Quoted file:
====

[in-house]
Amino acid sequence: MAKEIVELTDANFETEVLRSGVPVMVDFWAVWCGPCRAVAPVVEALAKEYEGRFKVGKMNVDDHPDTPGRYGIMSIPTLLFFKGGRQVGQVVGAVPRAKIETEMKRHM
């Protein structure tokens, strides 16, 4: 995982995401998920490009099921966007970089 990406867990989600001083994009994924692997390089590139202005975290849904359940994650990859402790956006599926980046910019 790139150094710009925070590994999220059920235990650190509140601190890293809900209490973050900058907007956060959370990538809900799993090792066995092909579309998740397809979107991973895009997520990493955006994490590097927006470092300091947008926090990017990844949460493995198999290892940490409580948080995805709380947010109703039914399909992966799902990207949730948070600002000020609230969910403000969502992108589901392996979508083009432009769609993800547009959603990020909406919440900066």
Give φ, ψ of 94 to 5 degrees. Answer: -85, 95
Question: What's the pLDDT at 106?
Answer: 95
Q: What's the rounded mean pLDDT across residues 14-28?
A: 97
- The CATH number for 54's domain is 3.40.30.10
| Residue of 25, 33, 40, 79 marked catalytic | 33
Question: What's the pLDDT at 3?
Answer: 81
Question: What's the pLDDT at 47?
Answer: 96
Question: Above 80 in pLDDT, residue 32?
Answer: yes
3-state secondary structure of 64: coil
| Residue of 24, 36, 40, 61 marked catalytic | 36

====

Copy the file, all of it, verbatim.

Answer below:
[in-house]
Amino acid sequence: MAKEIVELTDANFETEVLRSGVPVMVDFWAVWCGPCRAVAPVVEALAKEYEGRFKVGKMNVDDHPDTPGRYGIMSIPTLLFFKGGRQVGQVVGAVPRAKIETEMKRHM
């Protein structure tokens, strides 16, 4: 995982995401998920490009099921966007970089 990406867990989600001083994009994924692997390089590139202005975290849904359940994650990859402790956006599926980046910019 790139150094710009925070590994999220059920235990650190509140601190890293809900209490973050900058907007956060959370990538809900799993090792066995092909579309998740397809979107991973895009997520990493955006994490590097927006470092300091947008926090990017990844949460493995198999290892940490409580948080995805709380947010109703039914399909992966799902990207949730948070600002000020609230969910403000969502992108589901392996979508083009432009769609993800547009959603990020909406919440900066």
Give φ, ψ of 94 to 5 degrees. Answer: -85, 95
Question: What's the pLDDT at 106?
Answer: 95
Q: What's the rounded mean pLDDT across residues 14-28?
A: 97
- The CATH number for 54's domain is 3.40.30.10
| Residue of 25, 33, 40, 79 marked catalytic | 33
Question: What's the pLDDT at 3?
Answer: 81
Question: What's the pLDDT at 47?
Answer: 96
Question: Above 80 in pLDDT, residue 32?
Answer: yes
3-state secondary structure of 64: coil
| Residue of 24, 36, 40, 61 marked catalytic | 36